Grid Analytics MarketAs data becomes central to new business models in the energy utility sector, the global grid analyticsmarket is expected to accelerate from $1.15 billion in 2018 to $2.31 billion in 2025, at a compound annual growth rate (CAGR) of 10.4%. Energy utilities are generating massive volumes of data from smart meters, intelligent energy devices, and multi-sensing units but only 2% to 4% of data from the system is actually leveraged for analytics. This data, combined with a sophisticated analytics platform, can deliver valuable insights for utilities that can lead to improved customer service and operational metrics.

 

 

Read More

 

 

Codes and Regulations Brought to You by the CSA Group

  • Prev
The Code is a comprehensive document. Sometimes it can seem quite daunting to quickly find the ...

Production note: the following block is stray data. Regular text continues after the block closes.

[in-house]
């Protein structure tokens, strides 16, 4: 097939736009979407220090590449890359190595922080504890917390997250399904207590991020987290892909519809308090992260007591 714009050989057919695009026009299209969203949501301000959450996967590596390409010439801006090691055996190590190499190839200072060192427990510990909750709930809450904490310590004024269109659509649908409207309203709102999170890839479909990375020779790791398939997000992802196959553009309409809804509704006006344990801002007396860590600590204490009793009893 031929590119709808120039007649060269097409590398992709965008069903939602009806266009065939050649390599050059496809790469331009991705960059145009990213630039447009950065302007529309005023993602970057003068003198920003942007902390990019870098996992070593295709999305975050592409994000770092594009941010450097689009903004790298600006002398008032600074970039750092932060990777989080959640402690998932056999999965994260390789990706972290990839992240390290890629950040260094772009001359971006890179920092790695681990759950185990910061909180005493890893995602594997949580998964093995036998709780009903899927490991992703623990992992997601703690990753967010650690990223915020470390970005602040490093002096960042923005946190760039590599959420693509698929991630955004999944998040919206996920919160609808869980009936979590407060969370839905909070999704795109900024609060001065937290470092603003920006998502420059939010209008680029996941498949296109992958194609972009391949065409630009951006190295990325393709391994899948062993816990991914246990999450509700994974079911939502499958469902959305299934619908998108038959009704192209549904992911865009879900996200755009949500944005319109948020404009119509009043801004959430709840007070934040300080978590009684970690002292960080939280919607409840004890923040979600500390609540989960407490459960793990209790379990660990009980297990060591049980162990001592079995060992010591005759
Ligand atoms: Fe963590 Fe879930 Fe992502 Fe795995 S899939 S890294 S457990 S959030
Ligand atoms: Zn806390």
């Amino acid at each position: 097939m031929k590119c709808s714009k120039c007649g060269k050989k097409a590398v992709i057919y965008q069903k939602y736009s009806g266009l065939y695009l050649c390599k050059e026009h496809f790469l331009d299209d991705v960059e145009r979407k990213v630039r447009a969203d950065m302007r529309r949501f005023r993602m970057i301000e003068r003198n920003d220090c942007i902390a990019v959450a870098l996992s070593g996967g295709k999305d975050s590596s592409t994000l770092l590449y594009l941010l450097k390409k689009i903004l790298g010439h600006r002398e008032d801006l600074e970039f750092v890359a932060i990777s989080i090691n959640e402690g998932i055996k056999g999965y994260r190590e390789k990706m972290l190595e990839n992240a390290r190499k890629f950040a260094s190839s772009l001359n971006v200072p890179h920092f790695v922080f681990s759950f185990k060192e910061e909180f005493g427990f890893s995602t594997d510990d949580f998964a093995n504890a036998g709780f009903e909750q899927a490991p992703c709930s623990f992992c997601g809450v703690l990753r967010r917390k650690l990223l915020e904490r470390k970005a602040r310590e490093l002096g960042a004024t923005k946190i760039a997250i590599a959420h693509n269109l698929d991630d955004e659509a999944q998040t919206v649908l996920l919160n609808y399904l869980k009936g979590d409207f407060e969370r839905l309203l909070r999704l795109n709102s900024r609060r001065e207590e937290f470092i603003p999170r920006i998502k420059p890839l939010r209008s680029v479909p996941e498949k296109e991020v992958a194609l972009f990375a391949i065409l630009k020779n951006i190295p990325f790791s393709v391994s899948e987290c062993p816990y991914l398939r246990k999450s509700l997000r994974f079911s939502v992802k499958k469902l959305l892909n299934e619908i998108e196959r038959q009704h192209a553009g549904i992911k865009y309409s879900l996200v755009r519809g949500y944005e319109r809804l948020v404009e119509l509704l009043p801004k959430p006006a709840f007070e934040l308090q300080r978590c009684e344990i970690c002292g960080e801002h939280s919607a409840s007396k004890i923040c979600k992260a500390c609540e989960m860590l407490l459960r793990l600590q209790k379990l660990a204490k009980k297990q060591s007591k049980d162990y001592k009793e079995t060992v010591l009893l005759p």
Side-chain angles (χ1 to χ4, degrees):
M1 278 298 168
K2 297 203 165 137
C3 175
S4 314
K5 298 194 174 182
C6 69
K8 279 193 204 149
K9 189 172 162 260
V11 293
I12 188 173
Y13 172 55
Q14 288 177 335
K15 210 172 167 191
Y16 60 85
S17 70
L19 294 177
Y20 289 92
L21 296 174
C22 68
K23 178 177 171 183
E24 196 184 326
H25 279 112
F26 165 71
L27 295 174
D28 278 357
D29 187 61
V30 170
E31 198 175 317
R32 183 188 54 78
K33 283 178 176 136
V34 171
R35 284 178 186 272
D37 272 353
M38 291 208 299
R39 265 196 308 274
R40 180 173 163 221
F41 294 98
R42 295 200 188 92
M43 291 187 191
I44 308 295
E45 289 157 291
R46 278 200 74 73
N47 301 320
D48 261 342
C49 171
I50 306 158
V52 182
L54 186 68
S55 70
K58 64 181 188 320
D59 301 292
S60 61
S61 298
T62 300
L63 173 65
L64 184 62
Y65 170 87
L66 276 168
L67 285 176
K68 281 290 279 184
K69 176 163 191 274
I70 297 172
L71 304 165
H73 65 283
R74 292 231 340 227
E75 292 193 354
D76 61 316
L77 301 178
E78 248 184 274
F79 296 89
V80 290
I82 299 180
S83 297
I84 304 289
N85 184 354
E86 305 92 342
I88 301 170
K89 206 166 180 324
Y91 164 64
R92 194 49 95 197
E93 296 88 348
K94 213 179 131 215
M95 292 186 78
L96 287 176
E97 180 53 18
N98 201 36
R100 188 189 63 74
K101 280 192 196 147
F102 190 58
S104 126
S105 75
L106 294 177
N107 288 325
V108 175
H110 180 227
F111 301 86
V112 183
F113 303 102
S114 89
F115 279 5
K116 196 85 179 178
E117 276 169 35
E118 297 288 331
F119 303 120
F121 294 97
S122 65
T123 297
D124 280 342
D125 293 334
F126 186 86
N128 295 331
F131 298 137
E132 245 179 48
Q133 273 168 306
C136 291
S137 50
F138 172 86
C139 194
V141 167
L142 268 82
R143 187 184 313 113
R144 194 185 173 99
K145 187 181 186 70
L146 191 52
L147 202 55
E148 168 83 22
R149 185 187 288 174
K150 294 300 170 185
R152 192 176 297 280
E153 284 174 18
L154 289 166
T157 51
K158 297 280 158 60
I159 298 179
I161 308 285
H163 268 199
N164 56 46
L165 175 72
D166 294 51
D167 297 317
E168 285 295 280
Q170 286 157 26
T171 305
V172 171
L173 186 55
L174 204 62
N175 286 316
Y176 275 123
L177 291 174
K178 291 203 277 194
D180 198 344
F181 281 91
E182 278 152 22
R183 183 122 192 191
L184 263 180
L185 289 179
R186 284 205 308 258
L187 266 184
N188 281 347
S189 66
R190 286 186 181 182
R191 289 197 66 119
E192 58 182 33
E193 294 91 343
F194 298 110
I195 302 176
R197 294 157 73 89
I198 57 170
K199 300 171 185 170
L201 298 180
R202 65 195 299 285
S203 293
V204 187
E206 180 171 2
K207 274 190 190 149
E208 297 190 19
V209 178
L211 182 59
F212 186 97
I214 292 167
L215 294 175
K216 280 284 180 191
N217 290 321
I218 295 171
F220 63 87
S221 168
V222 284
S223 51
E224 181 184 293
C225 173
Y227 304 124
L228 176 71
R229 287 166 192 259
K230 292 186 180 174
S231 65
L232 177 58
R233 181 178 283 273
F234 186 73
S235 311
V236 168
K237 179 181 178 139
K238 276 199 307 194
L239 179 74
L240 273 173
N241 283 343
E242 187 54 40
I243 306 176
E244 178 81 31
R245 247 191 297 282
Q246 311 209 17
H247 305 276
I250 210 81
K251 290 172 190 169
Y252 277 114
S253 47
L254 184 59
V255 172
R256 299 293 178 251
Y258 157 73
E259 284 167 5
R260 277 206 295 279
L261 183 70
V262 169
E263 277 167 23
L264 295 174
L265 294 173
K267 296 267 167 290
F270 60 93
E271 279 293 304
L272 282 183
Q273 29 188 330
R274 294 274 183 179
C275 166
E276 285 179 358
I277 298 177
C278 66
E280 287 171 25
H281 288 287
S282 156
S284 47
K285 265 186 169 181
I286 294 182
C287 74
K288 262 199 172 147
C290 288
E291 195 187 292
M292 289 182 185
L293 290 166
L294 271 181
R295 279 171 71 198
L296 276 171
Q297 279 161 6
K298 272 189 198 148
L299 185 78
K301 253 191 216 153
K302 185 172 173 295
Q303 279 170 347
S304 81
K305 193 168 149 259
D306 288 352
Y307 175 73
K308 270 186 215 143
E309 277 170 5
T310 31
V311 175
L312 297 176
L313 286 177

The Code is a comprehensive document. Sometimes it can seem quite daunting to quickly find the ...
In this article: Tables — Part B. This section of the Code contains 99 tables of essential ...
In this article: Section 58 — Passenger Ropeways and Similar Equipment. Rule 58-000 ...
  Unauthorized CSA Group certification marks have been found on wiring by Triumph Cable ...
In this article: Section 52 — Diagnostic imaging installations. The CE code is a ...
In this article: Section 46 — Emergency Power Supply, Unit Equipment, Exit Signs, and ...
  In this article: Section 44 — Theatre Installations. The CE Code is a ...
CSA has published C22.2 No. 60947-7-3, the harmonized standard for low-voltage switchgear and ...